And the practice of carrying babes against one’s torso is not a uniquely human trait. Gorillas cart their young this way, too. In fact, scientists believe that the Moro (or “startle”) reflex wherein a newborn reaches out and forms fists if he feels like he is in danger of falling or being whisked away stems from the times when humans were covered in fur (here’s more on that). The little hands instinctively grasp for mama’s coat to hang on for dear life.

Babywearing in Nairobi

In Nairobi, Kenya, a baby store claims to have strollers that have gathered dust because Kenyan mothers are skeptical of them (here’s a link).

Babywearing is practical all over the world. 
Image: mother carrying her baby on her back while carrying things on her head
Babywearing is practical all over the world.
Image: mother carrying her baby on her back while carrying things on her head

In a culture where some women can be seen carrying loads of firewood on their heads or the carcass of a goat draped over their shoulders, the industrialized nations could surmise that such conveniences as play pens and prams would be welcomed with open – or rather heavily laden – arms.

Quite the opposite has proven true.

In Kenya, while the sweat rolls down his mother’s back, a small and sleepy bundle is often seen snuggling against his mama’s sun-baked skin.

Babywearing In Bali

Babywearing is embraced in many cultures worldwide from industrialized cities to isolated tribes. Many parents are part-time babywearers, choosing to wrap their little ones only when they truly need to be hands-free. In fact, many parents who carry their babies in a sling, wrap, or carrier do not even know the term “babywearing” exists; they are simply using the resources available to parent the best way they can.

Other parents – mostly mothers – are full-time babywearers. The act of carrying their little one from the moment they awaken until the moment mama goes to bed is more than an act of childcare; it is a culture. In the United States, many of these parents follow the guidelines of Dr. William Sears who did not invent the concept of attachment parenting, but certainly popularized it.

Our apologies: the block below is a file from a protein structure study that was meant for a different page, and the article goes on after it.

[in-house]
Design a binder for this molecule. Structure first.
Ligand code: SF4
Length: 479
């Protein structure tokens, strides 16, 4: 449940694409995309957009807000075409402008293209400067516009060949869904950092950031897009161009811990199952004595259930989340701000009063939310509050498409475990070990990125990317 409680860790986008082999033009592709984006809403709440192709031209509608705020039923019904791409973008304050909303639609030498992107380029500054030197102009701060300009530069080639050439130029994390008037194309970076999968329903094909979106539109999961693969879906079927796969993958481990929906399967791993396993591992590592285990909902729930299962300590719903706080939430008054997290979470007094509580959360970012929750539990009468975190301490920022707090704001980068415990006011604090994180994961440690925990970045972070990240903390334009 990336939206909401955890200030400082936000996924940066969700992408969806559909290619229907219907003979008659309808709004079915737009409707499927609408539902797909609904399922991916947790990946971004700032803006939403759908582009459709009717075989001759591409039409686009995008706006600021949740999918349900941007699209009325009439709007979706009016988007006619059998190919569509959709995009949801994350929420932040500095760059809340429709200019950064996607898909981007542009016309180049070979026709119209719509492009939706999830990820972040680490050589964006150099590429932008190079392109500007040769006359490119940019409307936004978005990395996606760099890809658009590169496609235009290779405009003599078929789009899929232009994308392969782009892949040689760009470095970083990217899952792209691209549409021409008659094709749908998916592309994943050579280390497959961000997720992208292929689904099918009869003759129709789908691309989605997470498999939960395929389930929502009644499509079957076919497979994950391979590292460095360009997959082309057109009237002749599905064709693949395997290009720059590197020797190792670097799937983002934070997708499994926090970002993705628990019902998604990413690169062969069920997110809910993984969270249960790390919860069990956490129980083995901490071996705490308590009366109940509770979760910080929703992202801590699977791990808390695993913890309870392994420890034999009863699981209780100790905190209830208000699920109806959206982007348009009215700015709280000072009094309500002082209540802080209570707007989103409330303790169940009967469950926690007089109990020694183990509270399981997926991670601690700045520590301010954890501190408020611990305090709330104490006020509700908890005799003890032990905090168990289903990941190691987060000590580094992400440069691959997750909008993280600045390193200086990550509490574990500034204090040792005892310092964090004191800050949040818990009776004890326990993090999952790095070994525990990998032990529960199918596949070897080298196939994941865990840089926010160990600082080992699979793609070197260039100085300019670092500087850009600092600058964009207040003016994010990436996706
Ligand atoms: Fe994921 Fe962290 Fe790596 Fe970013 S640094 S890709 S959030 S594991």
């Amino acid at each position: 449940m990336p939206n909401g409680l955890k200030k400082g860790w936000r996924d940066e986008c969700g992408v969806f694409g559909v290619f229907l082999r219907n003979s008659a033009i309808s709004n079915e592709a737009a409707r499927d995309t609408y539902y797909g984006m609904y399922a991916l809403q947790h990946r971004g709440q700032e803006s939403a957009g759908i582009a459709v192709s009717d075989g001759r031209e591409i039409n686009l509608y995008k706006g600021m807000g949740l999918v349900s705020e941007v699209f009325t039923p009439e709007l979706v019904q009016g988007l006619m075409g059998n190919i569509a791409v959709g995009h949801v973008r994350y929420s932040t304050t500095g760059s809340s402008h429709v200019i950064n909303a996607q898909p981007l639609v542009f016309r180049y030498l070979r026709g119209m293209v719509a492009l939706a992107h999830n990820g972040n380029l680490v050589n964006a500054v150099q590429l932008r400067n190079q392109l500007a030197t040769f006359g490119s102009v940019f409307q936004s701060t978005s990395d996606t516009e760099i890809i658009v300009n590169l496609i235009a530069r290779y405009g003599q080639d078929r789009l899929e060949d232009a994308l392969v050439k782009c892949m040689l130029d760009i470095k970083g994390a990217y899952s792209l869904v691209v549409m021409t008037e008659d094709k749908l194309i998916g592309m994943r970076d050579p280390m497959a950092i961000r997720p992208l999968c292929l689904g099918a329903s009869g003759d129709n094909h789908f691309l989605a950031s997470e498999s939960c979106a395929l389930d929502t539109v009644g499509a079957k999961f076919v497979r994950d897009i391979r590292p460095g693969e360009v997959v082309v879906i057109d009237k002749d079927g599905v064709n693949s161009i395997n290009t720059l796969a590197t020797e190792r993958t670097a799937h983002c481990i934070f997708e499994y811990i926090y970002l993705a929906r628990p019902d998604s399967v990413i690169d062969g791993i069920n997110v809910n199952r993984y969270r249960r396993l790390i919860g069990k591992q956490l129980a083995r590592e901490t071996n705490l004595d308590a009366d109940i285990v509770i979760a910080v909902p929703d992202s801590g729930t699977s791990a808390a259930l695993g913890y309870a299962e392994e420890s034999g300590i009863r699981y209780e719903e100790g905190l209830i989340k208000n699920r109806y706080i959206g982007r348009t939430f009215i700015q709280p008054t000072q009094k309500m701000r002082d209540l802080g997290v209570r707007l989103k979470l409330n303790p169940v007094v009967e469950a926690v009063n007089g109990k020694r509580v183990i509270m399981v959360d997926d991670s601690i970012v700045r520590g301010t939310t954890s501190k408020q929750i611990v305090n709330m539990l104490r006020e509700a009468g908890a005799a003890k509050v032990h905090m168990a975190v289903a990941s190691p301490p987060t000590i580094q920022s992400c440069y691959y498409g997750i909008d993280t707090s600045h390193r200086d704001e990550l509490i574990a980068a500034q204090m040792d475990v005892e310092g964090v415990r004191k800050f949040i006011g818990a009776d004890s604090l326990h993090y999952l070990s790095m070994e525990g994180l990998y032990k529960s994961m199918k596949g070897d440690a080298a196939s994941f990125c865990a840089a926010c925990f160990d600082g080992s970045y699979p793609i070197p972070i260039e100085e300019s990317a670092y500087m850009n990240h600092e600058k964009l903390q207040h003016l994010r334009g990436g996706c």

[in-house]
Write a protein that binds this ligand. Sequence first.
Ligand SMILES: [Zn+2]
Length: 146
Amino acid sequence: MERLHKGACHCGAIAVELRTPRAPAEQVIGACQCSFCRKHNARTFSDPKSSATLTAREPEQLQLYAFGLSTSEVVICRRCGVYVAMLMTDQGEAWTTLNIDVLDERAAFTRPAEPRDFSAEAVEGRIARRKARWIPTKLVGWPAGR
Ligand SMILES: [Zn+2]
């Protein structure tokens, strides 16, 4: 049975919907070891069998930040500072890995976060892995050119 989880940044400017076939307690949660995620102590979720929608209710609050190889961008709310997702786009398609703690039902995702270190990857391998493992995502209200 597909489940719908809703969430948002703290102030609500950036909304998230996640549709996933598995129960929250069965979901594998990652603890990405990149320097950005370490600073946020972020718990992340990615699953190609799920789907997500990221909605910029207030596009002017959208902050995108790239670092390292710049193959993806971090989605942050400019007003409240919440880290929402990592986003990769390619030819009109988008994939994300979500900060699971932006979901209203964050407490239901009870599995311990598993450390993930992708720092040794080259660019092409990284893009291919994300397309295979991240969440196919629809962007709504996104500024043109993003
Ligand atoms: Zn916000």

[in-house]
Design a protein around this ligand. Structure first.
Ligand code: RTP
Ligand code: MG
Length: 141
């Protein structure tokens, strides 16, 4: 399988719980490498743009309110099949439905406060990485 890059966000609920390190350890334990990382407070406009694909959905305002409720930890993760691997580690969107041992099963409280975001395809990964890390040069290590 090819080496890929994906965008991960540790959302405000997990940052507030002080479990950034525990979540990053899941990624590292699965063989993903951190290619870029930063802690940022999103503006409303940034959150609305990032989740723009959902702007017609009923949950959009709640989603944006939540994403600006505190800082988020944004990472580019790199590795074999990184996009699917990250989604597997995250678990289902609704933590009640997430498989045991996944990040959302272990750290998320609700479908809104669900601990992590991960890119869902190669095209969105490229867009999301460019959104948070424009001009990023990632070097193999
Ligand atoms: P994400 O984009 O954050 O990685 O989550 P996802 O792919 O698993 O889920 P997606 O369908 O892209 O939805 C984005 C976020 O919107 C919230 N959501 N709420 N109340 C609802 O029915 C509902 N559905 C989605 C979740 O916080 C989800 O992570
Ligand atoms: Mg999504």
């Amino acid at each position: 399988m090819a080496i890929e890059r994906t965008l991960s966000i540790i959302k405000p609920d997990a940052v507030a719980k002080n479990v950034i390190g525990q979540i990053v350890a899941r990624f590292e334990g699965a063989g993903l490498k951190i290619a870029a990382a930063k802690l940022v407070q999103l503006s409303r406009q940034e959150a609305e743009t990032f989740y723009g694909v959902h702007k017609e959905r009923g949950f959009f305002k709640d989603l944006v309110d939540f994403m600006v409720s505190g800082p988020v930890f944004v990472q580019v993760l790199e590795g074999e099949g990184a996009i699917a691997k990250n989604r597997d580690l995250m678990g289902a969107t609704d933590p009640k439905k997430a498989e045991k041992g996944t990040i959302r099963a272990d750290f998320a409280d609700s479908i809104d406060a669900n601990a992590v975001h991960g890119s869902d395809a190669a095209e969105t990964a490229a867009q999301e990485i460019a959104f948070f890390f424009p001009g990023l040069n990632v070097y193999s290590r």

On the Indonesian island of Bali, however, mothers have never heard of Dr. Sears or attachment parenting. They know what they learned from their mothers and that is to hold their little one as often as possible for the first few months of life.

There, some followers of Hinduism believe that newborns are sacred. Some of these followers also believe newborns are reincarnated relatives, and that retain a holy status during that fourth trimester. The child’s old soul has not yet taken root in its new body so parents are tasked with keeping their little toes off the dirty ground for anywhere from 105 to 210 days.

At three to seven months old, the family hosts Nyabutan, a ceremony that welcomes the baby into the human world.

After a purification ritual for the parents and a sacred hair cutting for Little One, a Balinese shaman oversees the first moment when the babe’s feet touch the soil. Until then, the tiny person spends her days strapped to Mama with a simple cloth that she previously used to bind her hair or cover her waist and will later employ as a blanket, tablecloth, mantel, and finally her burial shroud. (Here’s an article about this).